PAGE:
Teresa Puente, 44, is currently an assistant visiting professor at Columbia University’s Graduate School of Journalism in New York. Chicago is where she calls home as a full-time journalism faculty member at Columbia College.
In addition to teaching, Puente founded Latina-Voices.com in 2008, an opportunity for Latina women to have their voices heard. Puente wrote extensively about the Latino community and immigration issues for daily newspapers in California, the Chicago Tribune and the Chicago Sun-Times. She currently writes about Latinos and immigration on her own blog, Chicanísma, which is published through Chicago Now, a Tribune Co. blog site. Puente believes it is important to include diversity in the classroom, and attempts to do so in classes she teaches like multimedia feature writing, ethnic media and travel writing. Her email address us: tpuente(at)colum.edu.
Puente was interviewed by Betsy Bates, 21, a junior at the University of Iowa who is a Journalism and Sociology major.
Betsy Bates: Why did you become involved in journalism?
Teresa Puente: I started in high school on the yearbook.
BB: How do you define journalism today?
TP: This is a very broad question. A few words come to mind – digital, entrepreneurial and essential.
BB: How has technology influenced or affected your career?
TP: I was a print reporter only. Now I am a multimedia journalist.
BB: How will technology affect the future of journalism?
TP: It’s essential. Newspapers will survive but more and more people will get their news online and via mobile devices, iPads and portable devices.
BB: What one word would you use to describe the status of women in journalism today?
TP: Underrepresented, especially women of color.
BB: What role(s) will women have in the future of journalism?
TP: Women are part of the media. Some are in key positions of power but we need more women in influential positions.
BB: How do you view equality today? (Status of women and minorities)
TP: We still have a long way to go especially for women of color. Few are editors, columnists or news directors. We are in the door but we need to have more influence over decision-making.
BB: Which of your classes do you enjoy teaching the most, and why?
TP: I can’t pick one. Right now I’m teaching Social Media Skills for Journalists and Covering Immigration. I value the importance of sharing news, finding sources and stories and connecting with others via social media. Immigration is an important topic that I teach about and have covered for almost 20 years.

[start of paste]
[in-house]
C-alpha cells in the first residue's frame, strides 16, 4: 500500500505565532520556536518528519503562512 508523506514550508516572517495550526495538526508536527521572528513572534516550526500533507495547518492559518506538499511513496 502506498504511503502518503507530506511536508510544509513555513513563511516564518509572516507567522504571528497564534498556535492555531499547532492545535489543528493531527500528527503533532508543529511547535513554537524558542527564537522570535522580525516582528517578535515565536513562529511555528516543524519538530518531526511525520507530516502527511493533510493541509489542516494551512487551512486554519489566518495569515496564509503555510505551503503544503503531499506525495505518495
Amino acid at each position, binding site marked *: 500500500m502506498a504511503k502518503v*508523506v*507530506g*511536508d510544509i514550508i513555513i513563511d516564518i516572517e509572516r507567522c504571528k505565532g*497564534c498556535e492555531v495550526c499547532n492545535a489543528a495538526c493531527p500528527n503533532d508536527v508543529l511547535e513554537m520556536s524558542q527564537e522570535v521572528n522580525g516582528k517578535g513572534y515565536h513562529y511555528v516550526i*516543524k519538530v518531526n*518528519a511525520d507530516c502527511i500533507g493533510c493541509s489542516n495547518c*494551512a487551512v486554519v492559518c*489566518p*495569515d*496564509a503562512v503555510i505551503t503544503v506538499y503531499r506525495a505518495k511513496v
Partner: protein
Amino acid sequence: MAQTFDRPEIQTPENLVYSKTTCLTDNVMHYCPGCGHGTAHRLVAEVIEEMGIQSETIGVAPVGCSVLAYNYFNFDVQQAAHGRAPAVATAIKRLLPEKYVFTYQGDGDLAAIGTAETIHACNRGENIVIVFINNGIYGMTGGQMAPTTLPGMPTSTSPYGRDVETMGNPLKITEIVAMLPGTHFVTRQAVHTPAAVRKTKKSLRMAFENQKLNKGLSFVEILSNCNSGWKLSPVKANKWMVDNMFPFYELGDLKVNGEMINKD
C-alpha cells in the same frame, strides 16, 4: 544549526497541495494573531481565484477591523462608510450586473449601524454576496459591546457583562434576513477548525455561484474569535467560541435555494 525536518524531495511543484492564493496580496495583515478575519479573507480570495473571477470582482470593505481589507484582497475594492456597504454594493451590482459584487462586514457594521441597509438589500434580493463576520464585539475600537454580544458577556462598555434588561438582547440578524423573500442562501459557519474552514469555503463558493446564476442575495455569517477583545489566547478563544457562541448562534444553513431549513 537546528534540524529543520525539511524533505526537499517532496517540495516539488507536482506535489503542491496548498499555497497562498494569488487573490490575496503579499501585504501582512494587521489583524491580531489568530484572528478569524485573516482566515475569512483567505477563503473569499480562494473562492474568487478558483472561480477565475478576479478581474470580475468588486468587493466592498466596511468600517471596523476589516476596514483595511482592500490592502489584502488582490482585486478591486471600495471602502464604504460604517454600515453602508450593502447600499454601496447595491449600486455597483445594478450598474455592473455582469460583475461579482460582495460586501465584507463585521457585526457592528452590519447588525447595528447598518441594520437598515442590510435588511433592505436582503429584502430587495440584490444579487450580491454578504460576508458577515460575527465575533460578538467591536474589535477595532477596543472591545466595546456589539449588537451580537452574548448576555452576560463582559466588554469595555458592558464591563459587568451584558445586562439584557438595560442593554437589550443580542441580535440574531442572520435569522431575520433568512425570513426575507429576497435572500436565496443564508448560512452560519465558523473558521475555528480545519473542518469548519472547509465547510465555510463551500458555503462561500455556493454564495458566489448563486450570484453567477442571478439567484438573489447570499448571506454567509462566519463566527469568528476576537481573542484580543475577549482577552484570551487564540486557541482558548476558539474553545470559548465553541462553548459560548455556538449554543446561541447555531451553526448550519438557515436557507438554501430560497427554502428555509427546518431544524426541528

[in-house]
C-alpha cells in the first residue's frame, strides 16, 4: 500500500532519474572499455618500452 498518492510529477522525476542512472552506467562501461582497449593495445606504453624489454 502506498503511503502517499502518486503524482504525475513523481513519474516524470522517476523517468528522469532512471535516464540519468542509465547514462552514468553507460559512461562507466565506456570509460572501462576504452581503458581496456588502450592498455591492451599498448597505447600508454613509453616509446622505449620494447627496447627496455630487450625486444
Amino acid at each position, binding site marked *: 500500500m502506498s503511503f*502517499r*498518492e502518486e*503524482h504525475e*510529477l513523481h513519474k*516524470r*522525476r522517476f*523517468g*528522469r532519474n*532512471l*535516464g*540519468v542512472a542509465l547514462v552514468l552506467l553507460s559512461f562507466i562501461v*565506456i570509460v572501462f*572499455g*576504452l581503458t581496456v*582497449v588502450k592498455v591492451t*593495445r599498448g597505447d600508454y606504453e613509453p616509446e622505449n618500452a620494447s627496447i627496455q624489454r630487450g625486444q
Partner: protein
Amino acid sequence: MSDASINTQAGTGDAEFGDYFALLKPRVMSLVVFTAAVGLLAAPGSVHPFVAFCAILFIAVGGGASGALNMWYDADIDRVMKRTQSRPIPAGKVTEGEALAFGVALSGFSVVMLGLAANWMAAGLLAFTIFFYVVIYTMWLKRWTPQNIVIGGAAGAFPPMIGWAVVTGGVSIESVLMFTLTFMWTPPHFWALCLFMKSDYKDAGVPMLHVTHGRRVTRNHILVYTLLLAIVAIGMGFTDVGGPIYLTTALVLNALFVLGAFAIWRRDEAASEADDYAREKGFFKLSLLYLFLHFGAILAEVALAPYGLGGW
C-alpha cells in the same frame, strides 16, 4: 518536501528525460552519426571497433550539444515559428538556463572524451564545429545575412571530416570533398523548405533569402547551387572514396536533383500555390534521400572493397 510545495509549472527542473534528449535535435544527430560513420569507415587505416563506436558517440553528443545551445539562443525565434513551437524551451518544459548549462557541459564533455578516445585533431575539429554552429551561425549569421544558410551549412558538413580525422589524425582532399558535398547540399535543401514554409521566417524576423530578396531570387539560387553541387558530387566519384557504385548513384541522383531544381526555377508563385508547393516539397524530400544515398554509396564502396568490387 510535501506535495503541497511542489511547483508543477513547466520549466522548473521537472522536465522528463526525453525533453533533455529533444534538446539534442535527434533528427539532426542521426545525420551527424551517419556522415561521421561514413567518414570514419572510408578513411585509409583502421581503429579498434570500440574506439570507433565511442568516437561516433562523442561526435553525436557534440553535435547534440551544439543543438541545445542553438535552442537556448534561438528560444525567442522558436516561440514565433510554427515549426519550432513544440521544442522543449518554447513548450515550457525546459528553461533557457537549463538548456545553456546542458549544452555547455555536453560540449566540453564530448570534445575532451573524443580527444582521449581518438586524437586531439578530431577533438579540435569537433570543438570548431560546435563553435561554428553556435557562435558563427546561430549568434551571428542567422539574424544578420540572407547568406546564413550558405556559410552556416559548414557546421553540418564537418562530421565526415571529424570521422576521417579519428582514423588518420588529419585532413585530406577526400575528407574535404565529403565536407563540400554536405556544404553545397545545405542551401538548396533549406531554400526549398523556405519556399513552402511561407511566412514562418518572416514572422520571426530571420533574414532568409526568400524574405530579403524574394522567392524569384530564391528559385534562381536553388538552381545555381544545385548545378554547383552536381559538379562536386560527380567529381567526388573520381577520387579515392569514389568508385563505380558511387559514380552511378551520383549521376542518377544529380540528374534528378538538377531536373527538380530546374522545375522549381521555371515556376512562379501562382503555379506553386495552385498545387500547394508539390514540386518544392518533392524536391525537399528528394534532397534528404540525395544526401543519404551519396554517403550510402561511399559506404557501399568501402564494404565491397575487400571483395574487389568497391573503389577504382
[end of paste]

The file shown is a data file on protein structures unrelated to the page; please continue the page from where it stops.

BB: Through Latina-Voices.com you’ve given minority women the opportunity to have their voices heard. Was this something you initiated or were women looking for an outlet and asked you to do something?
TP: It was my idea to create this site. I’m working on building the community of writers and welcome anyone who wants to write issues that impact Latina women.
BB: What are the advantages of being a minority woman at a newspaper and covering a beat that hits close to home?
TP: I don’t know that it is always an advantage. Sometimes you are pigeonholed.
But I view it as my responsibility to cover issues such as immigration and write about the Latino community in general. I strive to give voice to the voiceless.
BB: Have you encountered any discrimination because of your gender of race in the professional newsroom? If so, what were they? If not, have you seen others discriminated?
TP: Yes, in the newsroom. I have been confused with other dark-skinned women. I have been denied certain assignments or promotions. There is this idea that the media is liberal. But I have at times found cultural ignorance in media managers. They often relate to themes they can identify with and not with working class, ethnic or immigrant communities. This is not true of all people in the media but I have encountered it often enough.
BB: If you could write a piece about anything, what would it be and why?
TP: I’m hoping to do stories in the near future on global immigration trends.
BB: Where do you plan on going with your career? Is there anything you would still like to try?
TP: I’m planning to do more radio work. I also would love to make a documentary.
This is part of a series of profiles of JAWS members by University of Iowa students. For a complete listing, see this page.